A grant from the United States Agency for International Development (USAID) has been awarded to the California State University, Dominguez Hills College of Extended & International Education (CEE) to train nurses and other health professionals from the Dominican Republic, El Salvador, Guatemala, Haiti, Honduras, Mexico and Nicaragua. The scholars are awardees of the Scholarships for Education and Economic Development (SEED) program administered by the Center for Intercultural Education and Development at Georgetown University.
Two SEED cohorts have been funded for one year to live and study at CSU Dominguez Hills for six months each. The first group will be at the university from January to June 2011. Their curriculum will be presented primarily in Spanish by university faculty and local practitioners. They will also be provided with an orientation to American culture and practical English provided by the university’s American Language and Culture Program (ALCP). CEE will present an educational program addressing transmissible disease vector control in partnership with the Greater Los Angeles County Vector Control District and UCLA- Harbor Women’s Health Clinic. A second cohort will study at CSU Dominguez Hills from July to December.
Michael Casner, CEE international training coordinator and proposal co-author, says that SEED is “a very compelling program that will create community leaders who have skills and knowledge to directly improve quality of life in their local communities. They are really agents of change, [to] come here and absorb this information and go back home and really make an impact,” he says.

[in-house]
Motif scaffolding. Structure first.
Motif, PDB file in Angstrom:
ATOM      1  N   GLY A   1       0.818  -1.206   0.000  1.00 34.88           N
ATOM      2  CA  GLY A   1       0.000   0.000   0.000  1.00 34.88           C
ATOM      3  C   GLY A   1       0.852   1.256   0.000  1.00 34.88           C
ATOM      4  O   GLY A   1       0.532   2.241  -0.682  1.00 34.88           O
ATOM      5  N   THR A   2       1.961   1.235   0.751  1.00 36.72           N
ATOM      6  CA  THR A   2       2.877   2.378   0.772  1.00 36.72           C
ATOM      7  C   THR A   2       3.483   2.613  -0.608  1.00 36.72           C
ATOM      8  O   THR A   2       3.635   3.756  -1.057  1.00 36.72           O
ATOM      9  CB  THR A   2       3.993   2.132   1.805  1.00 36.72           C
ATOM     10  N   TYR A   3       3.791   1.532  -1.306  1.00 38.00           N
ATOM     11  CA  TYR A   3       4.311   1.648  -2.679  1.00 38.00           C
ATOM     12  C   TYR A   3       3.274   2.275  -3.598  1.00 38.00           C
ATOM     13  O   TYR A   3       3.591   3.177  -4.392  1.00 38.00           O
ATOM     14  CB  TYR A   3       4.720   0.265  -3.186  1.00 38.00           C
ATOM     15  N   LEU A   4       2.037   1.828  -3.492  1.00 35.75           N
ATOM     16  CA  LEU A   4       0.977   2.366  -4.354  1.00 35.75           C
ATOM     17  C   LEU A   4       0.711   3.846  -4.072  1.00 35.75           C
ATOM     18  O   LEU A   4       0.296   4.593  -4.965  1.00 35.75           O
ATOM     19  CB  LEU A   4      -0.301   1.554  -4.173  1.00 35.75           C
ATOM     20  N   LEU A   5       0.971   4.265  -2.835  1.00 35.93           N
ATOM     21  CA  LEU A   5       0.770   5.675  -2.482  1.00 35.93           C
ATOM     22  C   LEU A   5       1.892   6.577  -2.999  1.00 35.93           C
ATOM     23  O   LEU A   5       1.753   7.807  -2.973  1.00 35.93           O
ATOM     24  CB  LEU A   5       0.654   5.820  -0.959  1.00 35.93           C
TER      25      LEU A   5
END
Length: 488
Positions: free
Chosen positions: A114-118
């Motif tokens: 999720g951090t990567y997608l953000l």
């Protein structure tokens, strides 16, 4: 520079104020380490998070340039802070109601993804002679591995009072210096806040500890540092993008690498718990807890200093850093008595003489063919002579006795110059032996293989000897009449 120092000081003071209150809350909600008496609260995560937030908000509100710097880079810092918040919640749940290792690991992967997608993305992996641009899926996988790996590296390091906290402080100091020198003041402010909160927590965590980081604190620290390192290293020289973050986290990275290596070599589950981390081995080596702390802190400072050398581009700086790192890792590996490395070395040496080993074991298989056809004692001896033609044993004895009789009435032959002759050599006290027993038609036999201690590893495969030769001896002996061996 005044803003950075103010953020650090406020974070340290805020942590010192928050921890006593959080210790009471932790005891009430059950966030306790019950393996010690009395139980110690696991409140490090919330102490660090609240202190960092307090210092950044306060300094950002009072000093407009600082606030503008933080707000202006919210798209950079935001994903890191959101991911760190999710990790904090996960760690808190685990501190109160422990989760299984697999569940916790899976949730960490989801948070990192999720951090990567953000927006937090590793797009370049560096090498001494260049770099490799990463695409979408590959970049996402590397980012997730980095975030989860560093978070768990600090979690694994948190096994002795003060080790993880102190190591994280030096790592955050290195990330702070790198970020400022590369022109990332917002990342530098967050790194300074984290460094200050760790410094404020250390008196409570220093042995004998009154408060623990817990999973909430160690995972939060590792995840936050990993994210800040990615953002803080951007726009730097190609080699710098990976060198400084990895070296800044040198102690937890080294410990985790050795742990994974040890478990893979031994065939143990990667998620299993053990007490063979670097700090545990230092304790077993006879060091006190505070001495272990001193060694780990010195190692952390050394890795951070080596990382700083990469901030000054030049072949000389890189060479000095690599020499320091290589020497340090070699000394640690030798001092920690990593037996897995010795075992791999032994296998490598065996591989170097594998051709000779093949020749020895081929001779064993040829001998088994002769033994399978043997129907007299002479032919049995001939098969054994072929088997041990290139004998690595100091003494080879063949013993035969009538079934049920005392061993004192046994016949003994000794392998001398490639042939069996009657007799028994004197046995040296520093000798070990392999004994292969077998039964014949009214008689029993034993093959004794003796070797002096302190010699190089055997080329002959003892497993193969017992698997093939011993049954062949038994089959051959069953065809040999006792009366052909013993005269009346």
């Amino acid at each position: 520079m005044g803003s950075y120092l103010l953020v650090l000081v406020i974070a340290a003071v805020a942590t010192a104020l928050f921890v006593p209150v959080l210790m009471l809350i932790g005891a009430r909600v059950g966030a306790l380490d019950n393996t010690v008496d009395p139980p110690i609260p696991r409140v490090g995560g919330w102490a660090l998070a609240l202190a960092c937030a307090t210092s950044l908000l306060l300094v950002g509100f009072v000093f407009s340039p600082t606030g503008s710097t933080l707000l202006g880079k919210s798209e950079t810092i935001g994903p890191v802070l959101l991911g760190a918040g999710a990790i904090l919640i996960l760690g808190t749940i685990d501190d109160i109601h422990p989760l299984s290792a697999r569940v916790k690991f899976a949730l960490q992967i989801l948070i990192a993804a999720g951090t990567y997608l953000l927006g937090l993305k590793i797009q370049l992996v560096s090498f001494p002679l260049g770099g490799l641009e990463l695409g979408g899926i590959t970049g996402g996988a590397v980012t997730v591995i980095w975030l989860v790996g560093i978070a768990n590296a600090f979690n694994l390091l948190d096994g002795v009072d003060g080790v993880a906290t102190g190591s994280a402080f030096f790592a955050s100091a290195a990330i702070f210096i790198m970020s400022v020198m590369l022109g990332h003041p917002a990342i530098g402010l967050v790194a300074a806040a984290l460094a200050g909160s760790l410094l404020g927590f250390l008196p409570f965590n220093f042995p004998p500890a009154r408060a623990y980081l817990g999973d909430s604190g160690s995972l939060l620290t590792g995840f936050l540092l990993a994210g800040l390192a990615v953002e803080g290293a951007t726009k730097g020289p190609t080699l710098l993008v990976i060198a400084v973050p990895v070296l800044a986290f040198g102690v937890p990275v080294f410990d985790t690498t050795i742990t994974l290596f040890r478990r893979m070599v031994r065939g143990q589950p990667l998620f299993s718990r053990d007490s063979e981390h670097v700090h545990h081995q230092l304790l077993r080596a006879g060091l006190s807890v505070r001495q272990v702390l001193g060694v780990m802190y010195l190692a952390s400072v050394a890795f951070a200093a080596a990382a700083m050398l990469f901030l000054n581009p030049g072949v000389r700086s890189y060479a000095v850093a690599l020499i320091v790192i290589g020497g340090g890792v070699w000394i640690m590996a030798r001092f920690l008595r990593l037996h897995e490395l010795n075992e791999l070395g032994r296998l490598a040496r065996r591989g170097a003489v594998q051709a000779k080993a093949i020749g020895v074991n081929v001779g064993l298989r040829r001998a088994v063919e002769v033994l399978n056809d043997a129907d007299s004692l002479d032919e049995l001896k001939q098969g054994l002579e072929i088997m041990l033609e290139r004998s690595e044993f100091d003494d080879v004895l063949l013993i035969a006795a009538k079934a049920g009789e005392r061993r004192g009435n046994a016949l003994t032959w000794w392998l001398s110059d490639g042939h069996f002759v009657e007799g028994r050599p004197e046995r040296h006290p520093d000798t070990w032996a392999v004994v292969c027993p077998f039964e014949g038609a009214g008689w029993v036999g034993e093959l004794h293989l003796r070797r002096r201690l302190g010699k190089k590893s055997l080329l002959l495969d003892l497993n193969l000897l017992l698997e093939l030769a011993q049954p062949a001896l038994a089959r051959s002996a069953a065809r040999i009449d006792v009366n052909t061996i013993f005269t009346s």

Casner says that the SEED program will also greatly benefit the CSU Dominguez Hills community by doing volunteer work while through the Center for Service Learning, Internships, and Civic Engagement. He also says that the university will have access to an international cadre of scholars who can share the experiences of their homeland with students and faculty of similar heritage.
“I’ve received commitments from various faculty members who will have the scholars come to their classes and give presentations about their culture and their work,” he says. “They will be definitely contributing to the campus’s intellectual program.
“Many of our students may have been born and raised here, but their parents come from these countries and it’s a great opportunity for them to meet these individuals,” Casner says. “Given the fact that we’re the most diverse campus in the country with a very large Hispanic student body—more than 40 percent—it will be a wonderful experience for our students to have a chance to interact and engage with these scholars.”
For more information on the College of Extended and International Education, click here.